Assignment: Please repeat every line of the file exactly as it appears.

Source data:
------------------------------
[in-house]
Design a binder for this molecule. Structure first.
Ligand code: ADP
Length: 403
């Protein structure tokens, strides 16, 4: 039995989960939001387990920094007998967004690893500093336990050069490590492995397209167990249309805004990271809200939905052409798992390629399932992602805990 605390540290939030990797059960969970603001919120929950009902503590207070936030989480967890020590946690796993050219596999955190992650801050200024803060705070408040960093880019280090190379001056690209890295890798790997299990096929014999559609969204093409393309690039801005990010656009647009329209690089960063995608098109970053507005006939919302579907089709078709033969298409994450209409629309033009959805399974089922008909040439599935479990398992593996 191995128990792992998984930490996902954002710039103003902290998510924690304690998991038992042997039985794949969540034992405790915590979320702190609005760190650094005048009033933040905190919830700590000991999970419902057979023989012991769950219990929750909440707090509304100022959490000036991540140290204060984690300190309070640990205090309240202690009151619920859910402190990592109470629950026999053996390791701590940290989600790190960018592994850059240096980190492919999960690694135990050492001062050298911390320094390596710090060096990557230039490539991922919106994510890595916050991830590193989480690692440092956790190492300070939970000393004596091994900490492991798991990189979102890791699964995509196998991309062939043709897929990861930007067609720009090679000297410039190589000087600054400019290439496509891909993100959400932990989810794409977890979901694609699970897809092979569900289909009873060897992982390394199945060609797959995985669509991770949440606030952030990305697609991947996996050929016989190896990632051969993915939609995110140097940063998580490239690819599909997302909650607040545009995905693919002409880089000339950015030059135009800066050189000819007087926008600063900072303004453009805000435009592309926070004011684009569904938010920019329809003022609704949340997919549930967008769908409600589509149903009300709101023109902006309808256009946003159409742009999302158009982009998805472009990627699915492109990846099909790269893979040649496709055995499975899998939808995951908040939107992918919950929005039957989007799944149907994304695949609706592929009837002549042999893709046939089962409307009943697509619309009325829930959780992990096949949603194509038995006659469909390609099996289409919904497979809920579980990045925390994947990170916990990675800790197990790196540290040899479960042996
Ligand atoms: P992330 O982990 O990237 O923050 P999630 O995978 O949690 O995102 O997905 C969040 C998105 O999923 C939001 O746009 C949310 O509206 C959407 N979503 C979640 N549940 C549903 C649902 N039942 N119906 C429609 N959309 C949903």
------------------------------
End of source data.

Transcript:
[in-house]
Design a binder for this molecule. Structure first.
Ligand code: ADP
Length: 403
């Protein structure tokens, strides 16, 4: 039995989960939001387990920094007998967004690893500093336990050069490590492995397209167990249309805004990271809200939905052409798992390629399932992602805990 605390540290939030990797059960969970603001919120929950009902503590207070936030989480967890020590946690796993050219596999955190992650801050200024803060705070408040960093880019280090190379001056690209890295890798790997299990096929014999559609969204093409393309690039801005990010656009647009329209690089960063995608098109970053507005006939919302579907089709078709033969298409994450209409629309033009959805399974089922008909040439599935479990398992593996 191995128990792992998984930490996902954002710039103003902290998510924690304690998991038992042997039985794949969540034992405790915590979320702190609005760190650094005048009033933040905190919830700590000991999970419902057979023989012991769950219990929750909440707090509304100022959490000036991540140290204060984690300190309070640990205090309240202690009151619920859910402190990592109470629950026999053996390791701590940290989600790190960018592994850059240096980190492919999960690694135990050492001062050298911390320094390596710090060096990557230039490539991922919106994510890595916050991830590193989480690692440092956790190492300070939970000393004596091994900490492991798991990189979102890791699964995509196998991309062939043709897929990861930007067609720009090679000297410039190589000087600054400019290439496509891909993100959400932990989810794409977890979901694609699970897809092979569900289909009873060897992982390394199945060609797959995985669509991770949440606030952030990305697609991947996996050929016989190896990632051969993915939609995110140097940063998580490239690819599909997302909650607040545009995905693919002409880089000339950015030059135009800066050189000819007087926008600063900072303004453009805000435009592309926070004011684009569904938010920019329809003022609704949340997919549930967008769908409600589509149903009300709101023109902006309808256009946003159409742009999302158009982009998805472009990627699915492109990846099909790269893979040649496709055995499975899998939808995951908040939107992918919950929005039957989007799944149907994304695949609706592929009837002549042999893709046939089962409307009943697509619309009325829930959780992990096949949603194509038995006659469909390609099996289409919904497979809920579980990045925390994947990170916990990675800790197990790196540290040899479960042996
Ligand atoms: P992330 O982990 O990237 O923050 P999630 O995978 O949690 O995102 O997905 C969040 C998105 O999923 C939001 O746009 C949310 O509206 C959407 N979503 C979640 N549940 C549903 C649902 N039942 N119906 C429609 N959309 C949903």